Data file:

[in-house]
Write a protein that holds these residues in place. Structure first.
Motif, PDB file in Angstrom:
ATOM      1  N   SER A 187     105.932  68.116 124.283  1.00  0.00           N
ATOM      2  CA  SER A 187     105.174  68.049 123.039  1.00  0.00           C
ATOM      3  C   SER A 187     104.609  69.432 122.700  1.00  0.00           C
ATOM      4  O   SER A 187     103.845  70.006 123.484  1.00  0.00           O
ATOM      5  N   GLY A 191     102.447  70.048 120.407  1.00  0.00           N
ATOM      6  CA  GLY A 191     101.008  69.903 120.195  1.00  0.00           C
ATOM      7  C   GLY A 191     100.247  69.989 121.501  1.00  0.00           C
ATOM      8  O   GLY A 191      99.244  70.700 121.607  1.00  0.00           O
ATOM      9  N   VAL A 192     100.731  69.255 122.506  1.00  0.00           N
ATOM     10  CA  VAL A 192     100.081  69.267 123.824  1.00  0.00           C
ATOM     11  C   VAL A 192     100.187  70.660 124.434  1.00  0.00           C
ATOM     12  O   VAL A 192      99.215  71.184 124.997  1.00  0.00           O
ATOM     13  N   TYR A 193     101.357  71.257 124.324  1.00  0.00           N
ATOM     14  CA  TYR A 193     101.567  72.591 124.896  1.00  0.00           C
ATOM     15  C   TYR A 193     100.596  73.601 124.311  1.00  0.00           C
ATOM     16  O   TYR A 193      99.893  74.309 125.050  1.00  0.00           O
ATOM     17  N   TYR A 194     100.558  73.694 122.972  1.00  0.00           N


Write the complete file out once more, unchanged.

[in-house]
Write a protein that holds these residues in place. Structure first.
Motif, PDB file in Angstrom:
ATOM      1  N   SER A 187     105.932  68.116 124.283  1.00  0.00           N
ATOM      2  CA  SER A 187     105.174  68.049 123.039  1.00  0.00           C
ATOM      3  C   SER A 187     104.609  69.432 122.700  1.00  0.00           C
ATOM      4  O   SER A 187     103.845  70.006 123.484  1.00  0.00           O
ATOM      5  N   GLY A 191     102.447  70.048 120.407  1.00  0.00           N
ATOM      6  CA  GLY A 191     101.008  69.903 120.195  1.00  0.00           C
ATOM      7  C   GLY A 191     100.247  69.989 121.501  1.00  0.00           C
ATOM      8  O   GLY A 191      99.244  70.700 121.607  1.00  0.00           O
ATOM      9  N   VAL A 192     100.731  69.255 122.506  1.00  0.00           N
ATOM     10  CA  VAL A 192     100.081  69.267 123.824  1.00  0.00           C
ATOM     11  C   VAL A 192     100.187  70.660 124.434  1.00  0.00           C
ATOM     12  O   VAL A 192      99.215  71.184 124.997  1.00  0.00           O
ATOM     13  N   TYR A 193     101.357  71.257 124.324  1.00  0.00           N
ATOM     14  CA  TYR A 193     101.567  72.591 124.896  1.00  0.00           C
ATOM     15  C   TYR A 193     100.596  73.601 124.311  1.00  0.00           C
ATOM     16  O   TYR A 193      99.893  74.309 125.050  1.00  0.00           O
ATOM     17  N   TYR A 194     100.558  73.694 122.972  1.00  0.00           N